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Soybeans Retreat From One-Week High Despite Bullish Developments

Summary:
Soybean futures are retreating from their best levels in a week after the US government reported that domestic crop plantings fell below expectations. With China renewing its demand for the agricultural commodity, could soybean prices rally in the coming weeks? It depends on Brazil and how it responds to the coronavirus pandemic after becoming a hotspot. July soybean futures tumbled %excerpt%.045, or 0.53%, to .405 per bushel at 16:57 GMT on Tuesday on the Chicago Board of Trade (CBoT). Soybean prices recently touched one-week highs on supply developments, but they are still down more than 12% year-to-date. According to the US Department of Agriculture (USDA), American farmers planted 53% of their intended soybean acreage, falling short of the median estimate of 56%. Corn witnessed similar

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Soybean futures are retreating from their best levels in a week after the US government reported that domestic crop plantings fell below expectations. With China renewing its demand for the agricultural commodity, could soybean prices rally in the coming weeks? It depends on Brazil and how it responds to the coronavirus pandemic after becoming a hotspot.

July soybean futures tumbled $0.045, or 0.53%, to $8.405 per bushel at 16:57 GMT on Tuesday on the Chicago Board of Trade (CBoT). Soybean prices recently touched one-week highs on supply developments, but they are still down more than 12% year-to-date.

According to the US Department of Agriculture (USDA), American farmers planted 53% of their intended soybean acreage, falling short of the median estimate of 56%. Corn witnessed similar results, planting 80% of farmers’ intended acreage, which was below the 81% forecast. The USDA added that 60% of the spring wheat crop was planted, matching market expectations.

The USDA also rated 52% of the winter wheat crop in good to excellent condition.

China has been accelerating its soybean purchases as the government requested importers and food processors to increase inventories in the event of a second wave of COVID-19 cases. Its pig herd is also recovering from the deadly African swine flu, lifting demand for the feedstock. So far, Beijing has purchased approximately one million tons of soybeans from the US for the 2019–2020 and 2020–2021 marketing season.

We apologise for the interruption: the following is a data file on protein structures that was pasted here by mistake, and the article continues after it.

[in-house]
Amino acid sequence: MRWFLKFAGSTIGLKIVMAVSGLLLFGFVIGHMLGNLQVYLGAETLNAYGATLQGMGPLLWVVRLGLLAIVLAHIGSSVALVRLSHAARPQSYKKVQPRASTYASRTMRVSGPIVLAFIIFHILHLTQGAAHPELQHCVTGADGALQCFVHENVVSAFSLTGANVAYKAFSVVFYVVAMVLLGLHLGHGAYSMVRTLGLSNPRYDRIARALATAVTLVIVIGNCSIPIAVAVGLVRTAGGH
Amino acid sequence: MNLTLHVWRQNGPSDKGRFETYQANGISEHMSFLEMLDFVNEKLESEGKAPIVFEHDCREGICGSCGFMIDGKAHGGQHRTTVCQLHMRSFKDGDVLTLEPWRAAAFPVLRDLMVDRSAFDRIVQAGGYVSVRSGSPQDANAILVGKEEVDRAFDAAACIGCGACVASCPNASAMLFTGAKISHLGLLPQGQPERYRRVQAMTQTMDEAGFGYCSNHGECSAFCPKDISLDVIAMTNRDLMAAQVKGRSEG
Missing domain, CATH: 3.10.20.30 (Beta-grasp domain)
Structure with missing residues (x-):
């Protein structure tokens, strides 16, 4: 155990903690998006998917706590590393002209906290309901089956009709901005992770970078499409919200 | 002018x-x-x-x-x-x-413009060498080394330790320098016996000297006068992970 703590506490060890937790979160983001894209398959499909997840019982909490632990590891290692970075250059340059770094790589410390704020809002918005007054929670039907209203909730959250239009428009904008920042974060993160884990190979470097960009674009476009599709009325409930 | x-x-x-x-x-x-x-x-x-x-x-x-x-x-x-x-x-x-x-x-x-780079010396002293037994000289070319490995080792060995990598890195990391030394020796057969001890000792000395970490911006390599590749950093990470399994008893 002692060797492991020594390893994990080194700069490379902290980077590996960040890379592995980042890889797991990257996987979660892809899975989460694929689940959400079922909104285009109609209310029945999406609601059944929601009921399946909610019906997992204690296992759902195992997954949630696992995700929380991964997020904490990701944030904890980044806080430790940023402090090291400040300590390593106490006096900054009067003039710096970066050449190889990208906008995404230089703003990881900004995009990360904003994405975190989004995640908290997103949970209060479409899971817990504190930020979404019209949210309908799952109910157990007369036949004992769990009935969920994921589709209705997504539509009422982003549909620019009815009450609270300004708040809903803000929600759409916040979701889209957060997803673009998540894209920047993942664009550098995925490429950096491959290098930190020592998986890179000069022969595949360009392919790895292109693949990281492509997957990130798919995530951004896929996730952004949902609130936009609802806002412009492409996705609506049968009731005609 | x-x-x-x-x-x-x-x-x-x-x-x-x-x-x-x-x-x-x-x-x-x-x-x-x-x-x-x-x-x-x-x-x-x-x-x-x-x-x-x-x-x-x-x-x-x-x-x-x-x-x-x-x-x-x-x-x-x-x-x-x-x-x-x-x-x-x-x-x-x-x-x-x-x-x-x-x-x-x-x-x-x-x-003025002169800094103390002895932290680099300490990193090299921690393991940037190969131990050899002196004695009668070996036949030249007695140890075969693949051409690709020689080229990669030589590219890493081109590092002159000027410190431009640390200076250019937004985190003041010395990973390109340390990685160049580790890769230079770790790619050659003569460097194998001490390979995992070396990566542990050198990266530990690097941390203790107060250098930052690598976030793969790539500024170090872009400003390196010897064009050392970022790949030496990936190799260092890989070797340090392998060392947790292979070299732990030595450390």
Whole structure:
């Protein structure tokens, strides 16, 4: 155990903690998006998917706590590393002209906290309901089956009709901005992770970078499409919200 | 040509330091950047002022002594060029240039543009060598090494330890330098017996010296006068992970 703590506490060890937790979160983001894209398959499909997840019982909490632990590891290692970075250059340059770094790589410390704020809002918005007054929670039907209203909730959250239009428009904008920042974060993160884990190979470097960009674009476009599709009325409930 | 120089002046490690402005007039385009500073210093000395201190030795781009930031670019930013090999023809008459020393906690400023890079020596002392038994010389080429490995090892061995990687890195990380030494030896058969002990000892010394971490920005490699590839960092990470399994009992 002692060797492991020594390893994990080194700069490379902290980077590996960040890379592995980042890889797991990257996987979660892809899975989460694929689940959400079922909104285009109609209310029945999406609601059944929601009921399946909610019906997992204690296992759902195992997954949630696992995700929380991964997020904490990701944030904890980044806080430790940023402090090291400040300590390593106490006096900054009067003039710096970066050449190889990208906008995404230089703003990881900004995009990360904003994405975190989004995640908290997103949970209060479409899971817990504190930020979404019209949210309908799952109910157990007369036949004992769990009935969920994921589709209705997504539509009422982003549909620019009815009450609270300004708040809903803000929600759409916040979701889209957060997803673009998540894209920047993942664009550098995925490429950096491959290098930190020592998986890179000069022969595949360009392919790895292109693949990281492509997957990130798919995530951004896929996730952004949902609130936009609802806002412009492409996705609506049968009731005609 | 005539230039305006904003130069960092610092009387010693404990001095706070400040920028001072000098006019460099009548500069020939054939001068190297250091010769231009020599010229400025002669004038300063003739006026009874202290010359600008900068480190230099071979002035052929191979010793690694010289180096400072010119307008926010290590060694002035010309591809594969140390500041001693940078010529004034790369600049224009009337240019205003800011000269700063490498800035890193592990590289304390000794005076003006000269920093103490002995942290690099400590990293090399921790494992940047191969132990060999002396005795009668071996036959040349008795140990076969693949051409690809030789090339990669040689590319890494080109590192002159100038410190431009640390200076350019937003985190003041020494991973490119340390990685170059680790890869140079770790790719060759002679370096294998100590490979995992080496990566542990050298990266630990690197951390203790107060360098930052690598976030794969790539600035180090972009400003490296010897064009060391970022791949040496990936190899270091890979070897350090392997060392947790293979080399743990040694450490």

The Chinese government recently enforced lockdown measures on 100 million people after experiencing a resurgence of the virus outbreak. Authorities might be anticipating another serious situation.

But while China has been buying from the US, it has also risen its purchases from Brazil. The world’s top producer reported that it exported a record amount of soybeans last month. In April, Brazil shipped 16.3 million tons, which is higher than the previous all-time high of 12.3 million tons in May 2018. In total, Brazil is forecast to export 84 million tons of soybeans to the world’s top consumer.

Meanwhile, the Commodity Futures Trading Commission (CFTC) data found that investment funds increased their net long-term holdings of soybeans to their highest levels in 27 weeks. Corn’s net short positions slumped to a one-year low.

In other agricultural markets, July corn futures rose $0.0225, or 0.7%, to $3.23 per pound. July wheat futures jumped $0.0075, or 0.15%, to $4.9775 a bushel. July coffee futures picked up $0.003, or 0.28%, to $1.0735 per pound.

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Andrew Moran
I am a full-time professional writer. Prior to my self-employment, I worked as a reporter for Digital Journal covering the politics beat and The Toronto Times reporting on the city’s entertainment scene. I currently write mostly about business, marketing and finance

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